Pharmacists & Emergency Preparedness
By Amond Uwadineke, CHHS Extern
When you think of emergency preparedness, do you think of the role that a pharmacist could play in a disaster? Why would we want our local Rite Aid or Walgreens pharmacist to be involved in emergency preparedness? It may be surprising to you, but the unique skills that pharmacists possess would make them a valuable asset to emergency planning, preparedness, and response.
Besides the usual job of dispensing prescription medication and patient education, pharmacists could also provide surveillance of pandemic diseases, distribution of medical supplies, and with extra training they could even triage. Just think of how pharmacists, who often are very close to their patients, can help public health officials by identifying community members who could be more at risk in emergency situations based on their medical needs. Besides a patient’s primary care physician, the next person who should know a lot about an individual’s medical history is a pharmacist.
The American Society of Health-System Pharmacists (ASHP) also believes that pharmacists should play a more active role in emergency preparedness. In particular, ASHP believe that hospital and health-system pharmacists should exercise their responsibilities in preparing for and responding to disasters, and that leaders of emergency planning should call on pharmacists to participate in a full range of issues related to pharmaceuticals.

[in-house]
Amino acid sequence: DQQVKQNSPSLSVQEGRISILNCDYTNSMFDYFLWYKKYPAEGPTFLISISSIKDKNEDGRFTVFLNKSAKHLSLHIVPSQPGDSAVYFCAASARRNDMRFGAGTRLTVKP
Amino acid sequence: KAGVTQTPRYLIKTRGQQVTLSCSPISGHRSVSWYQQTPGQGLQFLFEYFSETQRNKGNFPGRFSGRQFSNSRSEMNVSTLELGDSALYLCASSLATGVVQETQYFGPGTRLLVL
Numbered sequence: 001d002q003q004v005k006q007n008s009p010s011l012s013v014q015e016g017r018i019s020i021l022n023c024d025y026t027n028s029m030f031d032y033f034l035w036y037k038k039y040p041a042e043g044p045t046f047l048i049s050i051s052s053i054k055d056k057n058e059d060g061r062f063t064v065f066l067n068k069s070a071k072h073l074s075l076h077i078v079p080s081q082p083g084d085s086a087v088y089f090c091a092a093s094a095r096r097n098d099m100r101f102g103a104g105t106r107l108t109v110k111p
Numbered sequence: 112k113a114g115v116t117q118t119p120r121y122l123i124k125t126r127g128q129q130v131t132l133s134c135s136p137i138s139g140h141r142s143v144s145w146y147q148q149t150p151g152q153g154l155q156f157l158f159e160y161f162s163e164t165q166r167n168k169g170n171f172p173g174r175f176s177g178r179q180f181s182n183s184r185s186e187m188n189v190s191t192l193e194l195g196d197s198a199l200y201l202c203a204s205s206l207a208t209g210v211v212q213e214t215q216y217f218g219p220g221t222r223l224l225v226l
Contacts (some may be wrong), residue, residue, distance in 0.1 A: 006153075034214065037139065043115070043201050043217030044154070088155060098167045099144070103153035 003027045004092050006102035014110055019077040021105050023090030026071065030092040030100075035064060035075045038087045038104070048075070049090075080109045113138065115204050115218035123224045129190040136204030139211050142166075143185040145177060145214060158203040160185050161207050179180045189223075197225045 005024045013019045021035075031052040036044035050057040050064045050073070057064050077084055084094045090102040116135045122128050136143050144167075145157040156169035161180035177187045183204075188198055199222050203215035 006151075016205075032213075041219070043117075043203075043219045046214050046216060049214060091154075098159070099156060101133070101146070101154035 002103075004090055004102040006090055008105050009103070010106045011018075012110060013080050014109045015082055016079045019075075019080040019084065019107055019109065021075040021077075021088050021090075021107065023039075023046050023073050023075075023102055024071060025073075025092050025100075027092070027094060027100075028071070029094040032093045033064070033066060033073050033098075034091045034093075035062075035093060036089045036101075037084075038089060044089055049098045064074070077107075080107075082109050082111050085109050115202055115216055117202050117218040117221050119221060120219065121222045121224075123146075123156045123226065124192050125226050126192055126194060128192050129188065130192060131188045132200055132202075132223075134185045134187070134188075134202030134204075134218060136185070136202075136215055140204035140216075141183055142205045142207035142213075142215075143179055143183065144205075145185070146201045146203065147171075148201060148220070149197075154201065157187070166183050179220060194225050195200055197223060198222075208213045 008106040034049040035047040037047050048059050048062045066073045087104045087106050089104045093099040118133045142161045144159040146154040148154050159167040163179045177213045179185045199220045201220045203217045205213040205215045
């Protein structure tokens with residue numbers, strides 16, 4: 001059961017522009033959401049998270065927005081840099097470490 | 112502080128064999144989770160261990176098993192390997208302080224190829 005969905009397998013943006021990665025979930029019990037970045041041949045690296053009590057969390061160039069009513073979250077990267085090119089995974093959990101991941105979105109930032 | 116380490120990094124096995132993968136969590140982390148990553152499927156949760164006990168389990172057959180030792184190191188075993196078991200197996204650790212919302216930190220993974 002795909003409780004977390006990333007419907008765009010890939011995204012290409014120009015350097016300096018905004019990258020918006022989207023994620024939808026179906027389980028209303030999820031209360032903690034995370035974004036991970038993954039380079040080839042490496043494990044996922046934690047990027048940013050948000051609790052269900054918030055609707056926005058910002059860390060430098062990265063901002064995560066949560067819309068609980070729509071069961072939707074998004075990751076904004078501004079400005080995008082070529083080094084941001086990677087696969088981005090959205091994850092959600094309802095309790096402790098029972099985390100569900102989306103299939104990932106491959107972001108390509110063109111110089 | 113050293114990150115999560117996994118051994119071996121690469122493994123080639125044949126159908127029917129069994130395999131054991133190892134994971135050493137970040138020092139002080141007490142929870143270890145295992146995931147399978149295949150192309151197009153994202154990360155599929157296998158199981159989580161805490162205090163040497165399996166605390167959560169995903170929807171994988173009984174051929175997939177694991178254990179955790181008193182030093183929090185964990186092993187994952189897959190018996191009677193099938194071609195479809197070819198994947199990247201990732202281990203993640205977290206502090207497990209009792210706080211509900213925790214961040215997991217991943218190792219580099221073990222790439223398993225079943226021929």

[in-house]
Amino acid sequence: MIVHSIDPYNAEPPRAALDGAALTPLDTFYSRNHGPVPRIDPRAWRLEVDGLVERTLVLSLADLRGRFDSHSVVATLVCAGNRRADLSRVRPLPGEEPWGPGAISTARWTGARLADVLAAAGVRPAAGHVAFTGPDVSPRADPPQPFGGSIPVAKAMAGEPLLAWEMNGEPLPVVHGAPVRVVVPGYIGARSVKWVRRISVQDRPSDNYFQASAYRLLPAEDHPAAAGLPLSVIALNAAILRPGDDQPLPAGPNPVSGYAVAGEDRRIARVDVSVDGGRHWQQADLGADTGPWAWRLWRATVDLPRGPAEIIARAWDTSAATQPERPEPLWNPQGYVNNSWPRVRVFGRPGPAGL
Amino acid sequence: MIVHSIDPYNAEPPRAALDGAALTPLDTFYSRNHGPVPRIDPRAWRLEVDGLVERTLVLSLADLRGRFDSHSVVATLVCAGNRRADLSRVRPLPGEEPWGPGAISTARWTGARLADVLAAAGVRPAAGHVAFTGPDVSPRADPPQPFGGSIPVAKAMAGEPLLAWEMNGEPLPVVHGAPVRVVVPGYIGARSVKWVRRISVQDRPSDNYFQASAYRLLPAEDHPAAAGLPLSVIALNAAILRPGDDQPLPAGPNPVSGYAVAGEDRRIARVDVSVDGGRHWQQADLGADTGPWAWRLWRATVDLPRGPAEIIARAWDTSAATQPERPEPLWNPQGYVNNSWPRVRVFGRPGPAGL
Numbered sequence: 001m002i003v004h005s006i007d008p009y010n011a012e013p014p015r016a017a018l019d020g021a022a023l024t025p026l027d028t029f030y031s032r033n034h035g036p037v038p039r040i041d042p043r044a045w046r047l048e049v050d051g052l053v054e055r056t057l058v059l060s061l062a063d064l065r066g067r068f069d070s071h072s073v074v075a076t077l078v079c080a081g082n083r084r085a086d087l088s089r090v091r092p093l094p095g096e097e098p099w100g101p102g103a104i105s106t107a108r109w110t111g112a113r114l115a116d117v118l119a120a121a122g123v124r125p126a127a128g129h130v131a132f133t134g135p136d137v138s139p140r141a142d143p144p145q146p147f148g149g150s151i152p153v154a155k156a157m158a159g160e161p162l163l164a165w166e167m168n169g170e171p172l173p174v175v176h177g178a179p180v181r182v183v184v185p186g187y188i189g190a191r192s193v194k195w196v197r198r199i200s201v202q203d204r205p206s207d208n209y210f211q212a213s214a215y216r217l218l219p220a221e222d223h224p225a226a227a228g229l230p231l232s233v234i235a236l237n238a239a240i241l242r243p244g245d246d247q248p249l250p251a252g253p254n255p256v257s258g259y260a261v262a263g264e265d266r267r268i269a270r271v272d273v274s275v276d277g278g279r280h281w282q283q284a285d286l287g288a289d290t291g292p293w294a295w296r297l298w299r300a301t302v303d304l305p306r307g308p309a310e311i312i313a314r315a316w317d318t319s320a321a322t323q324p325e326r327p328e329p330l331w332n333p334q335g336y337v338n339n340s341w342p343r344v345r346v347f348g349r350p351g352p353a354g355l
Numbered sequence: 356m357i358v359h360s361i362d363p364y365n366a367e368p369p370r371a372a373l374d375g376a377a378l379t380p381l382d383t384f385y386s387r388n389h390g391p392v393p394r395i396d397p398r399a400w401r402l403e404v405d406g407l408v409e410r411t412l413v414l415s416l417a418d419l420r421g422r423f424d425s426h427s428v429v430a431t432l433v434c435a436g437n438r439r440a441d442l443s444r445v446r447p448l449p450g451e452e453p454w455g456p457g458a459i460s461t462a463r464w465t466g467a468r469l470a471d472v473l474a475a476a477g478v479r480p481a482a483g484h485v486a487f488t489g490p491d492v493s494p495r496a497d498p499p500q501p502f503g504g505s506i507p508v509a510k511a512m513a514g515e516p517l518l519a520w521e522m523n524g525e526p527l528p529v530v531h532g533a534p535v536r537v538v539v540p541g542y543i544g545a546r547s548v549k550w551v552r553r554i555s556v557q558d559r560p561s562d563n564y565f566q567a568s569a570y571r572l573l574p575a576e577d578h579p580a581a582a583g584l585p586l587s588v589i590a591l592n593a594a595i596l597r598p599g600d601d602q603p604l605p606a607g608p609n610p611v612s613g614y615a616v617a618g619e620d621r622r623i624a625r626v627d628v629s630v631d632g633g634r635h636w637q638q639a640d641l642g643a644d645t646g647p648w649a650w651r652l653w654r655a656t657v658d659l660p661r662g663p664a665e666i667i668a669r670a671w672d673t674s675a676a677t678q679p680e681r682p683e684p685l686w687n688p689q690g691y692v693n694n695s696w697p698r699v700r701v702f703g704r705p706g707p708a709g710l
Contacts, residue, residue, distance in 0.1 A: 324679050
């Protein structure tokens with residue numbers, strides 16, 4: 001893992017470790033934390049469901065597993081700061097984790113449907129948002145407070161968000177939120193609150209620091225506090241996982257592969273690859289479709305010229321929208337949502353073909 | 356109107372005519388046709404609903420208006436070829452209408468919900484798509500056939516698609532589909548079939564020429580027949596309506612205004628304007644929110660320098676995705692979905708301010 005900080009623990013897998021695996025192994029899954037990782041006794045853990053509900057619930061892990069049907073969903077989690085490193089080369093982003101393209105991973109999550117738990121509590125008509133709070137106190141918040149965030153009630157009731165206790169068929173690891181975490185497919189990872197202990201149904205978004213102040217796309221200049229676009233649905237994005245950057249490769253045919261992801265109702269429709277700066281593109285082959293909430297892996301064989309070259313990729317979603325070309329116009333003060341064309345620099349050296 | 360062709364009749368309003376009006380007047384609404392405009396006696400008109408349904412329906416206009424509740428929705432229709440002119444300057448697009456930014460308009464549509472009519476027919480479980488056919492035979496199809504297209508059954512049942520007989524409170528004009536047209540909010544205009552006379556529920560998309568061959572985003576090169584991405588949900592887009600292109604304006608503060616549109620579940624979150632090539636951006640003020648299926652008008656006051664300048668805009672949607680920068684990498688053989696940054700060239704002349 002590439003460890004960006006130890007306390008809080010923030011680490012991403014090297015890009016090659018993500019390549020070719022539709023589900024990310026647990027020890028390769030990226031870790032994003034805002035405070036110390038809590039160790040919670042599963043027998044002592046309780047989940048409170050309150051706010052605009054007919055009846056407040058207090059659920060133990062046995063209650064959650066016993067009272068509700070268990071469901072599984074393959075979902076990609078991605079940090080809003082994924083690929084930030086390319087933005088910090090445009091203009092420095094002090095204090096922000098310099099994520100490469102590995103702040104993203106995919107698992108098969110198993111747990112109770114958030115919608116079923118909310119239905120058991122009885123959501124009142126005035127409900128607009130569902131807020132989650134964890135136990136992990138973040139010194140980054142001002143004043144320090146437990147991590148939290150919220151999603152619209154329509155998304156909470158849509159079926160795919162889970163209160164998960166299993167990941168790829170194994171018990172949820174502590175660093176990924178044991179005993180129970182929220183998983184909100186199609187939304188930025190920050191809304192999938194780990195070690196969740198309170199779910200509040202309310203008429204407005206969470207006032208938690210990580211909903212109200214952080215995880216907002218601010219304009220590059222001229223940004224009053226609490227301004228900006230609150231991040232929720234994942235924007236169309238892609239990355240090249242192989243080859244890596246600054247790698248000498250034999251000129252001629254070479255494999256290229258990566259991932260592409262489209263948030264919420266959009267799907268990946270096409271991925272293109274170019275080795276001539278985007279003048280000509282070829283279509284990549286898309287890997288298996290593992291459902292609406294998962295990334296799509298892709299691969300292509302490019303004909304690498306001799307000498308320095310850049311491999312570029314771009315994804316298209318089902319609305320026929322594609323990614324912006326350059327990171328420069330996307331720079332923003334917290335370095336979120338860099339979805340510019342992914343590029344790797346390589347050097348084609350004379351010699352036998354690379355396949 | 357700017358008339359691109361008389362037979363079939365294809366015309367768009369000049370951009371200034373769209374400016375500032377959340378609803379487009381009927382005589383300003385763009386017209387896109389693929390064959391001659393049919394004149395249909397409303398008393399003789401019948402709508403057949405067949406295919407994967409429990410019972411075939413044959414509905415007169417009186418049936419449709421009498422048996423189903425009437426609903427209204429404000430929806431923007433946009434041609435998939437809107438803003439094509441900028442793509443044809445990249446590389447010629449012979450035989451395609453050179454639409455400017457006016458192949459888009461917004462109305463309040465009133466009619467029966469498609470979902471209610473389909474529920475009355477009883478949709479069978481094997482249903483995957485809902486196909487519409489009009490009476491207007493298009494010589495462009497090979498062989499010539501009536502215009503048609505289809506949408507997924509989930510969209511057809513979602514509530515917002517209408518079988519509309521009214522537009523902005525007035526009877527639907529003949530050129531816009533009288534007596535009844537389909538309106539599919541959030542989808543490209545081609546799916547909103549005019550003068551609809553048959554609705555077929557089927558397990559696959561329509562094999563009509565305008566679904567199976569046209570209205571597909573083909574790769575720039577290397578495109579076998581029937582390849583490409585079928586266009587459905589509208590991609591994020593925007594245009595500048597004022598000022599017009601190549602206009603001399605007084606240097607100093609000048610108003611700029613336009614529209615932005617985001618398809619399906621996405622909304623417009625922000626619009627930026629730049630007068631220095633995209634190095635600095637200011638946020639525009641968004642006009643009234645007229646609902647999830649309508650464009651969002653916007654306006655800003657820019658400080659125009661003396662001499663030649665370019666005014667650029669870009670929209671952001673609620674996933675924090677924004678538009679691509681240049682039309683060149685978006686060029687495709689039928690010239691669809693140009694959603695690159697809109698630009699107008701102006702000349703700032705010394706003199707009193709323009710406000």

The American Pharmacists Association, ASHP, and the National Association of Chain Drug Stores Foundation even created a guide for pharmacists when developing emergency preparedness plans for pandemics. Topics such as local/community involvement, training opportunities, staying informed, practice support, and protecting patients and staff were discussed in this guide. Pharmacist organizations around the country are recognizing that professionals in their field can play a more involved role in emergency preparedness.
The Center for Disease Control (CDC) has also recognized the role of pharmacists in community preparedness, and illustrated the even greater role that pharmacists could play. Based on its research, the CDC suggests that given the broad reach of pharmacists and their high patient volume, pharmacists could become key first responders in improving the capability and reach of emergency response in the future.
The Palm Beach County Health Department (PBCHD) conducted a survey among Walgreens pharmacy managers and found that pharmacists are eager to be involved in all-hazards planning. PBCHD also found that 50% of pharmacists had an interest in working with local health departments to provide prophylaxis in event of a bioterror attack. And 96% of pharmacists said they would be comfortable talking to patients about medical countermeasures during a disaster.
With all of this support for greater involvement, both from external health experts and the pharmacists themselves, officials across the nation should incorporate pharmacies and pharmacists into emergency response plans if they wish to have wider reach into local communities. Due to the nature of how these healthcare professionals interact with the public, they are an obvious key player before, during, and after a disaster.